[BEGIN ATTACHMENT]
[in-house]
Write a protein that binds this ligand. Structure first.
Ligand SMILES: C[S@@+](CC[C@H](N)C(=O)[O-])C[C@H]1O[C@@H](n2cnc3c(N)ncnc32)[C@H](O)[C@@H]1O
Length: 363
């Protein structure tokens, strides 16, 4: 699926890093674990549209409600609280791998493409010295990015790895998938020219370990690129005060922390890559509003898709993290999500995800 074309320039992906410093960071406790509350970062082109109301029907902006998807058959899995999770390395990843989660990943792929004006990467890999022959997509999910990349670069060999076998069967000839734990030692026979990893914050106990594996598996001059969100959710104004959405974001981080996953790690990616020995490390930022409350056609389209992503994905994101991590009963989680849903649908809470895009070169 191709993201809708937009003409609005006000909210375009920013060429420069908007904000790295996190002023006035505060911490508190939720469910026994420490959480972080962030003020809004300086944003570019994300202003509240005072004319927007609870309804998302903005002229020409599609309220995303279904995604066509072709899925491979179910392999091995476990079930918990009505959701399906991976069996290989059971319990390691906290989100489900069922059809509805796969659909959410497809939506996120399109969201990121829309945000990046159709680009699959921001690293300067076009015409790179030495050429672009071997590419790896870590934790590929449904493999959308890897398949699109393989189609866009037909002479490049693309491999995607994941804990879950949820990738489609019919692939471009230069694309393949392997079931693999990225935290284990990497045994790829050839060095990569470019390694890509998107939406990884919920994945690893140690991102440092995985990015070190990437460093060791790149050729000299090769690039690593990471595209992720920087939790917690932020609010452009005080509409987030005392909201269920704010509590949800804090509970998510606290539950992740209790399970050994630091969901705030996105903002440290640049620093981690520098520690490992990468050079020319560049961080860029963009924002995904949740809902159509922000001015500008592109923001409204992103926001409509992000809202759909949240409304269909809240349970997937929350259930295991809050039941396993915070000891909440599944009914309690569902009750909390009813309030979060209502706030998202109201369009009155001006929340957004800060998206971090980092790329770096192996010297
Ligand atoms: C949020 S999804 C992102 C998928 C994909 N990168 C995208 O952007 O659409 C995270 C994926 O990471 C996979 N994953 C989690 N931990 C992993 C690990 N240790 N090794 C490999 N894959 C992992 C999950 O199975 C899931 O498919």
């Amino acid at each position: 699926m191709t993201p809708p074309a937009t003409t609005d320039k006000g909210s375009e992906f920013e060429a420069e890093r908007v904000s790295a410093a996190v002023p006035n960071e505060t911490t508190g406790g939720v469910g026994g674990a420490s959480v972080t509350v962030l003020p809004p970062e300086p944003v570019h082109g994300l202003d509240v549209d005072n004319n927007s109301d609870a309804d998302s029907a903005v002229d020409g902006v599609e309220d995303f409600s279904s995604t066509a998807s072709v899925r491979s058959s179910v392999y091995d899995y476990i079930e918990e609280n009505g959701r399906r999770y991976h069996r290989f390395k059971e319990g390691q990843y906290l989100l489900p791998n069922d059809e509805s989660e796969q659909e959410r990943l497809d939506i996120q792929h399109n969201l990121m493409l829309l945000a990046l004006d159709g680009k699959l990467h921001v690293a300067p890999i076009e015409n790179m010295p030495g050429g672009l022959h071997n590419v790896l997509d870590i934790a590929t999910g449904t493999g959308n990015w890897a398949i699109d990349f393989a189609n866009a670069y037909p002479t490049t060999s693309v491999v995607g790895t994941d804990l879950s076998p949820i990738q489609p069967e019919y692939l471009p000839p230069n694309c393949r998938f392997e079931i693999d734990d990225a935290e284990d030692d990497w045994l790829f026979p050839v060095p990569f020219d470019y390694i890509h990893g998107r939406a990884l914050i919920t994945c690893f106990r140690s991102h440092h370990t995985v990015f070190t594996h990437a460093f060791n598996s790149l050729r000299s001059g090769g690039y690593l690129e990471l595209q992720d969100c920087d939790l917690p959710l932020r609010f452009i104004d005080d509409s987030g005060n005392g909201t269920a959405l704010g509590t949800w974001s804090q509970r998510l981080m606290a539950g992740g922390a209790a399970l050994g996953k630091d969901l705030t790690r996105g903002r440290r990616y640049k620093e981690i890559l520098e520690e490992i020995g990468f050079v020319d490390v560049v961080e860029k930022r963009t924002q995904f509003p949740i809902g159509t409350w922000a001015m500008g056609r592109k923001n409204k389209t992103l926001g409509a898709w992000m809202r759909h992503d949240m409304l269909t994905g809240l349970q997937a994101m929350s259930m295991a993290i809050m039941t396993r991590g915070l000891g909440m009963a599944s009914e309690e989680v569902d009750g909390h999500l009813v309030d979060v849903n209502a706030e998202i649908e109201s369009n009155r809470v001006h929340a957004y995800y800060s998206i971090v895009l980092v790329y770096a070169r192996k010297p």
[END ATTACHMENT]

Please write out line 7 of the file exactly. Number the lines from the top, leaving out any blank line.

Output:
């Amino acid at each position: 699926m191709t993201p809708p074309a937009t003409t609005d320039k006000g909210s375009e992906f920013e060429a420069e890093r908007v904000s790295a410093a996190v002023p006035n960071e505060t911490t508190g406790g939720v469910g026994g674990a420490s959480v972080t509350v962030l003020p809004p970062e300086p944003v570019h082109g994300l202003d509240v549209d005072n004319n927007s109301d609870a309804d998302s029907a903005v002229d020409g902006v599609e309220d995303f409600s279904s995604t066509a998807s072709v899925r491979s058959s179910v392999y091995d899995y476990i079930e918990e609280n009505g959701r399906r999770y991976h069996r290989f390395k059971e319990g390691q990843y906290l989100l489900p791998n069922d059809e509805s989660e796969q659909e959410r990943l497809d939506i996120q792929h399109n969201l990121m493409l829309l945000a990046l004006d159709g680009k699959l990467h921001v690293a300067p890999i076009e015409n790179m010295p030495g050429g672009l022959h071997n590419v790896l997509d870590i934790a590929t999910g449904t493999g959308n990015w890897a398949i699109d990349f393989a189609n866009a670069y037909p002479t490049t060999s693309v491999v995607g790895t994941d804990l879950s076998p949820i990738q489609p069967e019919y692939l471009p000839p230069n694309c393949r998938f392997e079931i693999d734990d990225a935290e284990d030692d990497w045994l790829f026979p050839v060095p990569f020219d470019y390694i890509h990893g998107r939406a990884l914050i919920t994945c690893f106990r140690s991102h440092h370990t995985v990015f070190t594996h990437a460093f060791n598996s790149l050729r000299s001059g090769g690039y690593l690129e990471l595209q992720d969100c920087d939790l917690p959710l932020r609010f452009i104004d005080d509409s987030g005060n005392g909201t269920a959405l704010g509590t949800w974001s804090q509970r998510l981080m606290a539950g992740g922390a209790a399970l050994g996953k630091d969901l705030t790690r996105g903002r440290r990616y640049k620093e981690i890559l520098e520690e490992i020995g990468f050079v020319d490390v560049v961080e860029k930022r963009t924002q995904f509003p949740i809902g159509t409350w922000a001015m500008g056609r592109k923001n409204k389209t992103l926001g409509a898709w992000m809202r759909h992503d949240m409304l269909t994905g809240l349970q997937a994101m929350s259930m295991a993290i809050m039941t396993r991590g915070l000891g909440m009963a599944s009914e309690e989680v569902d009750g909390h999500l009813v309030d979060v849903n209502a706030e998202i649908e109201s369009n009155r809470v001006h929340a957004y995800y800060s998206i971090v895009l980092v790329y770096a070169r192996k010297p």